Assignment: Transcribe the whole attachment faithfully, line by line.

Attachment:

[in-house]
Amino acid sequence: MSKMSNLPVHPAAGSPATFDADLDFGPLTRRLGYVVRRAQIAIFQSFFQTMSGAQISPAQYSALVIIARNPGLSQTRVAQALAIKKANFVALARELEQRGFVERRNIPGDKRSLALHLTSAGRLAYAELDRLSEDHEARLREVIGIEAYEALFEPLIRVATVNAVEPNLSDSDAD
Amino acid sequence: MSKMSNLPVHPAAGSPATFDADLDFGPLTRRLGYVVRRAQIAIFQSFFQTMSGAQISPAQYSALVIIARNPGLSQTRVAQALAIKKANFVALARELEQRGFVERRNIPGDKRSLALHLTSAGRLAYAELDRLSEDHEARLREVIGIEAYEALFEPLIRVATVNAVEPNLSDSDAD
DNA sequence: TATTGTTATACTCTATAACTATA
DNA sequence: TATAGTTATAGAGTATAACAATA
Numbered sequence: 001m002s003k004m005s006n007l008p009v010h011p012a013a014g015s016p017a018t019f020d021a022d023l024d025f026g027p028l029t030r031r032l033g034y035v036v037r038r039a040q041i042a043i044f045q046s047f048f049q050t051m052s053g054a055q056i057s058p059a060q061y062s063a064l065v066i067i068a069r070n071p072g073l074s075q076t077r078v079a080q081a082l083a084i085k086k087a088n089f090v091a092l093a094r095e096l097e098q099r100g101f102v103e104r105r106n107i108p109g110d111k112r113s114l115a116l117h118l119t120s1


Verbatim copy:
[in-house]
Amino acid sequence: MSKMSNLPVHPAAGSPATFDADLDFGPLTRRLGYVVRRAQIAIFQSFFQTMSGAQISPAQYSALVIIARNPGLSQTRVAQALAIKKANFVALARELEQRGFVERRNIPGDKRSLALHLTSAGRLAYAELDRLSEDHEARLREVIGIEAYEALFEPLIRVATVNAVEPNLSDSDAD
Amino acid sequence: MSKMSNLPVHPAAGSPATFDADLDFGPLTRRLGYVVRRAQIAIFQSFFQTMSGAQISPAQYSALVIIARNPGLSQTRVAQALAIKKANFVALARELEQRGFVERRNIPGDKRSLALHLTSAGRLAYAELDRLSEDHEARLREVIGIEAYEALFEPLIRVATVNAVEPNLSDSDAD
DNA sequence: TATTGTTATACTCTATAACTATA
DNA sequence: TATAGTTATAGAGTATAACAATA
Numbered sequence: 001m002s003k004m005s006n007l008p009v010h011p012a013a014g015s016p017a018t019f020d021a022d023l024d025f026g027p028l029t030r031r032l033g034y035v036v037r038r039a040q041i042a043i044f045q046s047f048f049q050t051m052s053g054a055q056i057s058p059a060q061y062s063a064l065v066i067i068a069r070n071p072g073l074s075q076t077r078v079a080q081a082l083a084i085k086k087a088n089f090v091a092l093a094r095e096l097e098q099r100g101f102v103e104r105r106n107i108p109g110d111k112r113s114l115a116l117h118l119t120s1